“Student management” is an art and science that only some of us school bus jockeys truly master.
The good ol’ days of being able to grab an unruly urchin by the scruff of the neck or evict him (or her) from the bus wherever you can stop or at least slow down are long gone. Sadly, requests, pleas, warnings, frank chats with parents, disciplinary write-ups, and visits to the principal’s office have only limited effects.
My dear wife regularly and happily declares that the daily aggravations and insubordinations I suffer are karmic payment for my playing the “good cop” role with our kids while she was left to be the heavy and do the grunt work of actually disciplining them. (“The Goose in the Bathroom: Stirring Tales of Family Life” has the details of this stark human drama.)
(This blog is based on actual events, though names, places and some personal details have been changed to protect the innocent as well as the guilty and avoid libel suits.)
Those of us who do not naturally command unwavering respect must always be mindful of legendary baseball manager Casey Stengel’s rule about the importance of keeping those who hate you away from those who are still undecided.
We also resort to something kids often despise: assigned seats.
Alas, coming up with effective seat assignments is harder than solving a Rubik’s Cube. I’ve spent many nights, days, weekends and months scribbling and erasing and re-scribbling and re-erasing and re-re-scribbling names on a seating chart in painstaking and maddening attempts at a containment scheme.
You continually rearrange the pieces of the puzzle with the goal of breaking up blocks of obstreperous kids, separating the ones who annoy each other, and keeping the firestarters away from tinder.
Inevitably, though, if you move Rollo to put him beyond spitting distance of his nemesis Brutus, he’ll surely start mixing it up with Robespierre, and perhaps even Hortense Prunella or Maude, two demure lasses who surprised me by revealing that they don’t suffer fools gladly, especially fools of the male persuasion.
The hyperactive Beetlebomb annoyeth everyone, but their requests that I keep him back 500 feet from their seats are impossible to accommodate.
Tarkus, my bus, is 40 feet long, but it’s not long enough by any stretch. Even parted by six or seven rows of seats, separated rowdies still engage in loud, long-distance taunting and chicanery or simply sneak closer to their targets while I’m not looking.
I’ve repeatedly asked my superiors if I can put the worst offenders in the storage compartment under the bus or affix them to the roof with bungee cords, but I’ve been told such things are against district policy. I have also inquired if the district will order some London-style double-decker buses so the miscreants can be assigned to a level apart from the solid citizens.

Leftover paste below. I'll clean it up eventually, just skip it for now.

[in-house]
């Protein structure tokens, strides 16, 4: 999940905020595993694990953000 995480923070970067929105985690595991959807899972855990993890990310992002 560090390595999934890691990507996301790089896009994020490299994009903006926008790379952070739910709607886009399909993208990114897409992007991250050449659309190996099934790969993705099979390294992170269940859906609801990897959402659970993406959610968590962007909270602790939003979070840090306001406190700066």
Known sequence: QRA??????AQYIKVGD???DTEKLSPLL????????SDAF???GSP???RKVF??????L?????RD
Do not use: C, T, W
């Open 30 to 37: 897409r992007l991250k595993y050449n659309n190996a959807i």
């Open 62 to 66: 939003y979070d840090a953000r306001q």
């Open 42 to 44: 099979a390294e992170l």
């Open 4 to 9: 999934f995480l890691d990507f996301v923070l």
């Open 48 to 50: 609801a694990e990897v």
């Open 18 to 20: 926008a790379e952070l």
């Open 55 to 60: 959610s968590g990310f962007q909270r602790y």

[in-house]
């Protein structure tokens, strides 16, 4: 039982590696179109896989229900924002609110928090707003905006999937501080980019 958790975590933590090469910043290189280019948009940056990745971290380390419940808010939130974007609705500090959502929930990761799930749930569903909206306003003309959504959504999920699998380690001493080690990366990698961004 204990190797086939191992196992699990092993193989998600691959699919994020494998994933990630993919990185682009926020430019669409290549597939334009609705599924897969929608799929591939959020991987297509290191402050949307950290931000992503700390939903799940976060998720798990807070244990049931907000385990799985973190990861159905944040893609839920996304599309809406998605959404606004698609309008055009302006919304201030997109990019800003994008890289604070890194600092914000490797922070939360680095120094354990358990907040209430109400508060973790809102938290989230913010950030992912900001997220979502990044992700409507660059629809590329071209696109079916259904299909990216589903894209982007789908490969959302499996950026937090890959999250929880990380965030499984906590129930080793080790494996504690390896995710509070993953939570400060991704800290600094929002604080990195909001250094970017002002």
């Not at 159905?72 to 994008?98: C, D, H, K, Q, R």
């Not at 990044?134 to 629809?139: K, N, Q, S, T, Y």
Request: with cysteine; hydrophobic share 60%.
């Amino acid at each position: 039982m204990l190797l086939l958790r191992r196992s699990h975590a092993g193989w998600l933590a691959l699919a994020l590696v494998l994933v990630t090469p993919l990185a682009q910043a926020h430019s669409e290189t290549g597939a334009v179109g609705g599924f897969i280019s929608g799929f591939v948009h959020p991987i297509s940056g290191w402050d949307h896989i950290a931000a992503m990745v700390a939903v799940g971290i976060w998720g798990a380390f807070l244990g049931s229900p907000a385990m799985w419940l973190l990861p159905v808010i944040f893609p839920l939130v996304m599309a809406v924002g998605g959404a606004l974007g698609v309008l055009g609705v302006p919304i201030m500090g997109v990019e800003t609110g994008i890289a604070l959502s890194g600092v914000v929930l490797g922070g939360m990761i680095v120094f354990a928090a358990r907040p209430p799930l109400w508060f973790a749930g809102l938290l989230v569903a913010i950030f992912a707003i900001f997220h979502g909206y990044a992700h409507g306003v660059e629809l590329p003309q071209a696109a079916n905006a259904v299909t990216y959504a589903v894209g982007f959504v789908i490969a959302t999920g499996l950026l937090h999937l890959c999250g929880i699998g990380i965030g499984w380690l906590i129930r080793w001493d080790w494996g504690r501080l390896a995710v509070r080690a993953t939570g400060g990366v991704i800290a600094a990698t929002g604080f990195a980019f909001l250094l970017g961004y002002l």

I can only hope.
Blessedly, several intermediate school students (all gals, mind you) have eagerly offered to serve as spies and keep me informed of mischievous doings. Two sit directly behind me and another is planted in the back. The dirt they provide keeps me busy reassigning evil-doers to new seats.
No matter how many seating changes you make, guilt (your own) is always in the mix. If you have even a shred of conscience, you can’t help asking yourself, “Do I really want to visit this dreadful plague upon undeserving urchins?” by seating a raging Visigoth near the quiet and innocent, although some ladies can be just as rambunctious as the alleged gentlemen.
Quite often, I am paralyzed by remorse and stand alone in despair on Tarkus, gazing at my seating chart, Scotch tape and name tags in hand, realizing there is no way to be fair or completely end the madness.
Sometimes the best you can do is employ a zone defense: consigning groups of like-minded hellions to specific areas of the bus, moving kids you need to keep an eye on (e.g. Pismeyer the Projectile Specialist and Jehosaphat the Wanderer), and creating buffer zones with empty seats and popular kids who get along with everyone.
Having a no-nonsense tough girl (“Moxie Lady” Maude) or two is helpful as they can serve as enforcers to keep the yobs in check. (Lads dislike being shown up by lasses and usually steer clear.)
In one of my first attempts at containment, I put the gutter-talking fifth graders in the back; a group of loud, squealing girls in the rows in front of them; noisy, rowdy fourth-graders in front of the girls; a buffer of two empty rows, and then three kids who were trying to flee the insanity behind them but ran out of room.
Peace reigned for about 15 minutes.
For my middle school run, I made a strict “no sixth-graders in the back” policy that was heartily seconded by the eighth-graders who reside there. The infamous Lucifer was remanded to the middle of the bus with an empty two-row buffer zone around him. Cowering refugees sit in the front, close to me.
My intermediate school runs have been made a little more peaceful by forbidding males to enter the last four rows … ever again. It also helps that my district has made pandemic rules limiting kids to one per seat, which limits their wrasslin’ matches and Three Stooges routines.
So far, pretty good, though I still sweat blood over the seating chart every day.